Drive: Toyota Celica TA22 ST

Exactly 50 years ago, in October 1970, the model history of a sporty coupé named Celica began at Toyota. At that time, the Japanese car brand had only just begun exporting its model range to other countries like Germany. Therefore it took about a year until the first Celicas arrived in Europe. Meanwhile, motorsports enthusiasts were already achieving their first successes on the circuits and on rally tracks. One of them was Ove Andersson from Sweden, who finally set up his own rally team across the road from Toyota Deutschland and renamed it ‘Toyota Team Europe’ (TTE). The first Celica generation established the reputation of this team, which later became the factory racing team and was renamed to ‘Toyota Motorsport GmbH’ and finally to ‘Gazoo Racing Team’. At the same time, it was also this sporty coupé that gave Toyota a new image worldwide, which now included sportiness in addition to reliability and affordable products. Over seven model generations, more than 4.1 million units of the Celica were produced, and the car also won a total of six rally world championship titles.

Just in time for the 50th anniversary of this sports coupé, the Secret Classics team now had the opportunity to get to know the original model TA22 in detail. The model name Celica is derived from the Spanish word ‘celestial’, which means ‘heavenly’. When looking at the technical data of the classic car, which was provided to us by the Toyota Collection in Cologne, Germany, the question arises, if the Japanese brand once exaggerated a little bit. The 1973 Celica ST with its turquoise paint finish produces only 63 kW/86 hp from four cylinders and 1.6 liters of displacement. However, this power was already transmitted to the rear wheels as standard via a manual five-speed gearbox, which was by no means normal in the automotive world at that time. Parallel to this, there was the Celica LT with 55 kW/75 hp (optionally also available with a three-speed automatic) and from 1972 the Celica GT with 74 kW/101 hp. Thanks to its high-revving engine and a sophisticated chassis with independent front suspension with MacPherson struts and a four-link rear axle in conjunction with an unladen weight of between 890 and 1,200 kilograms, the Celica was absolutely thrilling on the road – and still is today.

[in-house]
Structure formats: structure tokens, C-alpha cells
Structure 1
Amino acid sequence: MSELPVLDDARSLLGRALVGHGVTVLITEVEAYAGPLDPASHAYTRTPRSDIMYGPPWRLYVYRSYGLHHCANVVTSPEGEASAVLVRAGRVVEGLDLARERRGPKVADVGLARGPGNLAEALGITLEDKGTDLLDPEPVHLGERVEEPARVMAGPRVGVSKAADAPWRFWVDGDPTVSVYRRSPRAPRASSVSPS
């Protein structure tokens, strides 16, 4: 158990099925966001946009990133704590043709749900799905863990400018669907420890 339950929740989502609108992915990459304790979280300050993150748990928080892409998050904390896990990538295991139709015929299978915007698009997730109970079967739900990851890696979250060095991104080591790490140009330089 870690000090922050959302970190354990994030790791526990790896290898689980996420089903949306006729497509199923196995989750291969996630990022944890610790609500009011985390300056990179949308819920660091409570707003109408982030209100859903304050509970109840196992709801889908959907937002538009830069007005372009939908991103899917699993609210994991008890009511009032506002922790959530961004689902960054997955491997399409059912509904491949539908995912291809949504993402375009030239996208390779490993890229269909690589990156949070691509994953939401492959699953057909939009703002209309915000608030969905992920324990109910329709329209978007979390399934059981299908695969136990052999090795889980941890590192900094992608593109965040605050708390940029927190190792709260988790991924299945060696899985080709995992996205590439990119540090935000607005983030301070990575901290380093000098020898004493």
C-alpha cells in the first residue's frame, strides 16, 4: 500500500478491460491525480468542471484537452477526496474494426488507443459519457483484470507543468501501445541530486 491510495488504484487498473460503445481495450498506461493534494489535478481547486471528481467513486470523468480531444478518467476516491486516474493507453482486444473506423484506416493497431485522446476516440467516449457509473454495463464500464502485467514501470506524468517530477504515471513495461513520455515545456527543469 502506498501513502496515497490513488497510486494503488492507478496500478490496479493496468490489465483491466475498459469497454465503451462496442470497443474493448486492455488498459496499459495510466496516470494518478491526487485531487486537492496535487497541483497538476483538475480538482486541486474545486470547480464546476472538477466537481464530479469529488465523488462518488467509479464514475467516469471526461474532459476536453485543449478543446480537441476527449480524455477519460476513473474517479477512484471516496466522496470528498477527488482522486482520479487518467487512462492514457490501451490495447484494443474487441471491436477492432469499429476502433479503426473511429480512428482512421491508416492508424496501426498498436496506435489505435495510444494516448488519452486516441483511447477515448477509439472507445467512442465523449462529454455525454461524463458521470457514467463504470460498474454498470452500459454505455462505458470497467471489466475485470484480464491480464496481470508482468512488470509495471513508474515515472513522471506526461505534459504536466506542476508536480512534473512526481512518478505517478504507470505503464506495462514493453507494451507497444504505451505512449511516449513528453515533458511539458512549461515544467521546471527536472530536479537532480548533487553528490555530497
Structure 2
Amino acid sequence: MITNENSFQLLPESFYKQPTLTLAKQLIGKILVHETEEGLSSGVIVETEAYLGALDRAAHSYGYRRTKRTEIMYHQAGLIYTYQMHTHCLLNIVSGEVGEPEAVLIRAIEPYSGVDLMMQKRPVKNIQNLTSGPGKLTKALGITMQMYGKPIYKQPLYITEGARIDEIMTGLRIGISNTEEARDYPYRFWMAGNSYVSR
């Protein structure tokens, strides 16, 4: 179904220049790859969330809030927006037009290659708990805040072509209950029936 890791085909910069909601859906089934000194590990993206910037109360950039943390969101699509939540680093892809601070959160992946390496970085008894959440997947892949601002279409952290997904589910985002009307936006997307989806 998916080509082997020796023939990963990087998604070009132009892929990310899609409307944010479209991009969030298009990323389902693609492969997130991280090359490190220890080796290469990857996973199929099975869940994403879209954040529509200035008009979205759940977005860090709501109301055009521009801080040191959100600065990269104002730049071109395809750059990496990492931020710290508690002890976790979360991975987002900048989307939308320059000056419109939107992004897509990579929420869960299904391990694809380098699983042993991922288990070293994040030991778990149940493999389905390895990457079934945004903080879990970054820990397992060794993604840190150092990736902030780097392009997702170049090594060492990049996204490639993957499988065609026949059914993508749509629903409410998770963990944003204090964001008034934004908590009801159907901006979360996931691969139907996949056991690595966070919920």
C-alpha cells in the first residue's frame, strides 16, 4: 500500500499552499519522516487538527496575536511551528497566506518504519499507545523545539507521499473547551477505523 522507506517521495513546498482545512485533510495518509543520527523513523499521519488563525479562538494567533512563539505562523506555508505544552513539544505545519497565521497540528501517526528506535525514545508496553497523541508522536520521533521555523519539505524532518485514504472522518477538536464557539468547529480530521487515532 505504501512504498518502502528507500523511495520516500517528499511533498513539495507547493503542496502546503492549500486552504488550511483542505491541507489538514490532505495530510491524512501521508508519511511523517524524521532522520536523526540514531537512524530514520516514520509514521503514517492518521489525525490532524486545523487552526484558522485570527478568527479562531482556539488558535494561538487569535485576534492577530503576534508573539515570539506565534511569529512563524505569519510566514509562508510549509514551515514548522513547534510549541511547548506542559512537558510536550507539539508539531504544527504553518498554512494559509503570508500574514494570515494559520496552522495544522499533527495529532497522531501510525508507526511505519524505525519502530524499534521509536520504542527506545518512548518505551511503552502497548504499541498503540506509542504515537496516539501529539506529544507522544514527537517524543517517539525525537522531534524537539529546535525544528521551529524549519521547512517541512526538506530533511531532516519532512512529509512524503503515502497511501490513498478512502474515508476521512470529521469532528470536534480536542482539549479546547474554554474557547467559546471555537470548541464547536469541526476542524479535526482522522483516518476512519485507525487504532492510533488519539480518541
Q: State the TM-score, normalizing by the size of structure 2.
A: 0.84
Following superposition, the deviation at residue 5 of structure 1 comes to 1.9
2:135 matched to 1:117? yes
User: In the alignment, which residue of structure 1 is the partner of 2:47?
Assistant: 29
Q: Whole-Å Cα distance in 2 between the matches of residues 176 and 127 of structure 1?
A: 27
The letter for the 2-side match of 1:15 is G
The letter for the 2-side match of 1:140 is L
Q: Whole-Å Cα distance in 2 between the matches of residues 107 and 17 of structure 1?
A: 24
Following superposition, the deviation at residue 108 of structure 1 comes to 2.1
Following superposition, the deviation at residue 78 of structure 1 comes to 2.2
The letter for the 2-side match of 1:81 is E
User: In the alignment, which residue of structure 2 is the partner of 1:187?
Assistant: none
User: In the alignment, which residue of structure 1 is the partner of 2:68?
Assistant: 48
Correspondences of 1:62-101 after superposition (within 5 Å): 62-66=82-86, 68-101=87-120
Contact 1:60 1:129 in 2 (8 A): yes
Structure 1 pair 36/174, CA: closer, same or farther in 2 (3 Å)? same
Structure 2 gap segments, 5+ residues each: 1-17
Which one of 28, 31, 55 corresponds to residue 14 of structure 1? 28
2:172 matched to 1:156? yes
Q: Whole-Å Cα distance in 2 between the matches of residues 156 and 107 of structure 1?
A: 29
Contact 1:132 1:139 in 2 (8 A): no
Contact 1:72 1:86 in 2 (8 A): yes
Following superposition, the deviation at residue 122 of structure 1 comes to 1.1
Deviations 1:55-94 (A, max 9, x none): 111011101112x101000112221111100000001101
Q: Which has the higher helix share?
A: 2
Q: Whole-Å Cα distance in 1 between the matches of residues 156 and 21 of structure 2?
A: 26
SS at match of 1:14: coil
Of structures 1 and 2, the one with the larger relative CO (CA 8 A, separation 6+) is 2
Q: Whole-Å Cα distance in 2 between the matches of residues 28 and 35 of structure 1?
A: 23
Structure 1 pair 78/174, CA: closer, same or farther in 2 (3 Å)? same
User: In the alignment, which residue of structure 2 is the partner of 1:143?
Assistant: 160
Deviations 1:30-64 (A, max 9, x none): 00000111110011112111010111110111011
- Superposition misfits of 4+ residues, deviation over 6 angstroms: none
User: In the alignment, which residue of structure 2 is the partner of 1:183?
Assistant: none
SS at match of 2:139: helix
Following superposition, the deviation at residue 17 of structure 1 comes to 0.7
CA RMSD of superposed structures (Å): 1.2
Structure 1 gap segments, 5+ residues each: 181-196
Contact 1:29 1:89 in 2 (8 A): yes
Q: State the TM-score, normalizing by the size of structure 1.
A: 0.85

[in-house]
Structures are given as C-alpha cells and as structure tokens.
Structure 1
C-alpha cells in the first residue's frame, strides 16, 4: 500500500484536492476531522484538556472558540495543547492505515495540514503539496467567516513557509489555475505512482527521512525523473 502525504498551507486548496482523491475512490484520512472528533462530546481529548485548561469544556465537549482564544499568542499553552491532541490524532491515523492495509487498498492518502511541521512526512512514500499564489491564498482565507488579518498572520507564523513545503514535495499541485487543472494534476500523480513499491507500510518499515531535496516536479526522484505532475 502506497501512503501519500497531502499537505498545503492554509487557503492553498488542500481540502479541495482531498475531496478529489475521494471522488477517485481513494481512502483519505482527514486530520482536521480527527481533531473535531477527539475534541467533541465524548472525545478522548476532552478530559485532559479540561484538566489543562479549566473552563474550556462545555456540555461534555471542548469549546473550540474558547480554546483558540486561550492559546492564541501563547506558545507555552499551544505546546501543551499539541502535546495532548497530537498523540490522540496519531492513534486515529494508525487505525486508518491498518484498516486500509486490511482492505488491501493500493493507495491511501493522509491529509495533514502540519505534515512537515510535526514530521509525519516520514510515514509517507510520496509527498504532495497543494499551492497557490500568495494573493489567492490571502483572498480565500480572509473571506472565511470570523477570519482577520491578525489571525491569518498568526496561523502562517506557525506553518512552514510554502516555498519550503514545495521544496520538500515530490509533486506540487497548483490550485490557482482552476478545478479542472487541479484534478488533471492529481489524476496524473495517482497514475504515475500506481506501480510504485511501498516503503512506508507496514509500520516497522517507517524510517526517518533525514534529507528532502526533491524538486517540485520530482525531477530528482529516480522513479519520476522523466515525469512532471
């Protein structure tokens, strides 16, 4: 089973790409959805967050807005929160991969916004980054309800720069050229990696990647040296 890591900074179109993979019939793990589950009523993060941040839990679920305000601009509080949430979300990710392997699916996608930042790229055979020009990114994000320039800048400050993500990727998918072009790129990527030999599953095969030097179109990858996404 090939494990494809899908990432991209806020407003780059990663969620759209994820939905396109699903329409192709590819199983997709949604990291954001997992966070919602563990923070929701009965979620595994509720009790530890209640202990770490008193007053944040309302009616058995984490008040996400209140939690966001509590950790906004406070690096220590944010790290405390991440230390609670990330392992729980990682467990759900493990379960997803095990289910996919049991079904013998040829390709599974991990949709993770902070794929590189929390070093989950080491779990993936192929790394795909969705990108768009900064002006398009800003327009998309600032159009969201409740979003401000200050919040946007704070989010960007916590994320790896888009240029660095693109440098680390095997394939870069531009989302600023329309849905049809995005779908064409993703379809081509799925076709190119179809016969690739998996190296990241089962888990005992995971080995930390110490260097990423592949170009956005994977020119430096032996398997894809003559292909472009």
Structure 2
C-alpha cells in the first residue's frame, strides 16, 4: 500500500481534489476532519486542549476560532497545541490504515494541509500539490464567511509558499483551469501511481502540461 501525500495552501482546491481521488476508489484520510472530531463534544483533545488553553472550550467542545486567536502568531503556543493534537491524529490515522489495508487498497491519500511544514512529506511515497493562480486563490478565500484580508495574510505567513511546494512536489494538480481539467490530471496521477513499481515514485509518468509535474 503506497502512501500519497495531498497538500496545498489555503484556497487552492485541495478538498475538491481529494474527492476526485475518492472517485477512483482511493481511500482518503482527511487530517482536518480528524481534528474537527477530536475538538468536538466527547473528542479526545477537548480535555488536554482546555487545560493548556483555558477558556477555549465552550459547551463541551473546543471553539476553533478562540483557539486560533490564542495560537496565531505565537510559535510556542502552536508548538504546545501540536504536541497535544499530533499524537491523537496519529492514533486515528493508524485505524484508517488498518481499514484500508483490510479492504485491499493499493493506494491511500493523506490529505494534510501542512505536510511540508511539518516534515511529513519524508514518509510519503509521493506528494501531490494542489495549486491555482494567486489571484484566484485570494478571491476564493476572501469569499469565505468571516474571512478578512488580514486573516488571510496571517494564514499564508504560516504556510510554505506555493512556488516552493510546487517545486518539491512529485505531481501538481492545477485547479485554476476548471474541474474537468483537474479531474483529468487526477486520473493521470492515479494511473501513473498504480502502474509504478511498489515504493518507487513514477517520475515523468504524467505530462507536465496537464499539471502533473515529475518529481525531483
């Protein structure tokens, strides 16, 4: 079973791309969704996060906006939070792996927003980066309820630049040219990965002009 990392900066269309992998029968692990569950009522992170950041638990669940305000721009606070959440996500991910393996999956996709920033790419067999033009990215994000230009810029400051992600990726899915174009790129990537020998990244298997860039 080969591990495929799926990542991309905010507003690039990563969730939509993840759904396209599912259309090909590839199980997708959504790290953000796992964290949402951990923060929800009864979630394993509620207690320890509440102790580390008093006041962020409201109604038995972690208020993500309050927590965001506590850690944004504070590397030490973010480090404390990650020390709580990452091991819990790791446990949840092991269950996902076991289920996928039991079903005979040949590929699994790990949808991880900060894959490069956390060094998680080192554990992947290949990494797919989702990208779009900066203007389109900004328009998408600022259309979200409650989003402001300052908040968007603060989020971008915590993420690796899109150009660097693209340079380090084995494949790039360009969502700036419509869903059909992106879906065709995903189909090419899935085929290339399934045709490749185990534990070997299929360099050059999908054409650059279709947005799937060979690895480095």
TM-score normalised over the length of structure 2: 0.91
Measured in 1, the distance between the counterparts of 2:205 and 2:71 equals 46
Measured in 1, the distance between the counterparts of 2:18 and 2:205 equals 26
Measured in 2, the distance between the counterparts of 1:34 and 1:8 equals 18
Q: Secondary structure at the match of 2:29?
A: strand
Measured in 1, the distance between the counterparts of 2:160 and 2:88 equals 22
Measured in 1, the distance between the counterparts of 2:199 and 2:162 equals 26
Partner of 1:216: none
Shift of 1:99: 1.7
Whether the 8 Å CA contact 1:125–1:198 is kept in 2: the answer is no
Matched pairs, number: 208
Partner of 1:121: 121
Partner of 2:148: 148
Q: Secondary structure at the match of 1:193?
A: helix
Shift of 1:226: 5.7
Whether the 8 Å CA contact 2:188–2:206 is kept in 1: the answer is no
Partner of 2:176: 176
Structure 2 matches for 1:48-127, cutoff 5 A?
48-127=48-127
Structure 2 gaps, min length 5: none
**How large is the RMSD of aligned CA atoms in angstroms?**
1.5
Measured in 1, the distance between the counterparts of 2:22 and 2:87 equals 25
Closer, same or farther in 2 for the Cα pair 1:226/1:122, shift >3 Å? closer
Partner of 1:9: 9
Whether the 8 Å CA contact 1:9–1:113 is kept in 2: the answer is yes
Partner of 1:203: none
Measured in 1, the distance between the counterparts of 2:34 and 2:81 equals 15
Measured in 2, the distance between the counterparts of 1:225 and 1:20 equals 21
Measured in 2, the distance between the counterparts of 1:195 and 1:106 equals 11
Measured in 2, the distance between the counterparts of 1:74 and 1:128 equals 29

In addition to the version we drove with the indicated notchback, from 1976 the Celica was also available with a hatchback, which Toyota called ‘Liftback’. Drivers of the notchback version were able to completely roll down the front and rear side windows, while the B-pillars disappeared as well. So this is how you can get very close to the ‘heavenly’ part of the model name in good weather. Liftback owners couldn’t do so, as the rear side windows were installed into the bodywork. With the indicators placed at the front corners, the four round headlights and the chromed bumpers, the first Celica generation clearly reminds of American pony cars of the time. This made the car fit perfectly into the market, which was otherwise dominated by models such as the Capri or Mustang from Ford, the GT and Manta from Opel, the Fiat 124 Sport or the Datsun 240Z. Despite its relatively small engines, the Celica was also well received in the USA.

But enough about optics and technology. It is time to take a seat in the vehicle and take a look at the interior. Directly behind the three-spoke steering wheel with six small horn buttons and imitation wood on the rim are three large round instruments, next to which three somewhat smaller ones are arranged centrally in the dashboard. A little unusual from today’s point of view is the operation of headlights and windshield wipers by means of pull/rotary switches between the instruments. All other buttons and switches, however, don’t pose any riddle to the driver and so the journey can begin. Despite the autumn weather, we enjoyed the drive, which took us from Cologne Marsdorf to the southwestern Sauerland area and back. On the way, the Celica was able to prove its qualities on narrow paths, country roads and several Autobahn kilometers. It soon became clear that the 86 horsepower combined with 970 kilograms of weight were easily enough to keep up with today’s traffic and that the car never felt weak in the breeze.

Only when you park the car between modern cars and get out of it does progress consciously catch the eye. The question arises as to why you should need more than the 4.17 meters length, 1.6 meters width and 1.3 meters height of the old Celica. Of course, the wheelbase of only 2.4 meters and the low roofline in the rear of the car don’t make for space miracles. But this has never been the development goal for sports coupés and is no different for today’s representatives of this genre. At the front, on the other hand, two passengers have enough space and can easily get in and out of the car thanks to the large doors. The trunk is also perfectly sized for excursions or weekly shopping, which makes a Celica TA22 suitable for everyday use even today.

After a total of about 300 kilometers, we finally reached the point in time that we had already dreaded during the day: The Celica stood dry under a carport of the Toyota Collection and the key had to be returned to the gate of Toyota Deutschland. Since this extensive test drive, however, the author of these lines keeps finding himself in the typical online car dealers, looking for well preserved Celicas. So even with only 86 hp, the ‘heavenly’ makes driving so much fun that even 50 years after its debut, the sports coupé is still considered to be supernatural.

Images: Toyota Collection, Jack Kulcke, Peter Sadtler, Matthias Kierse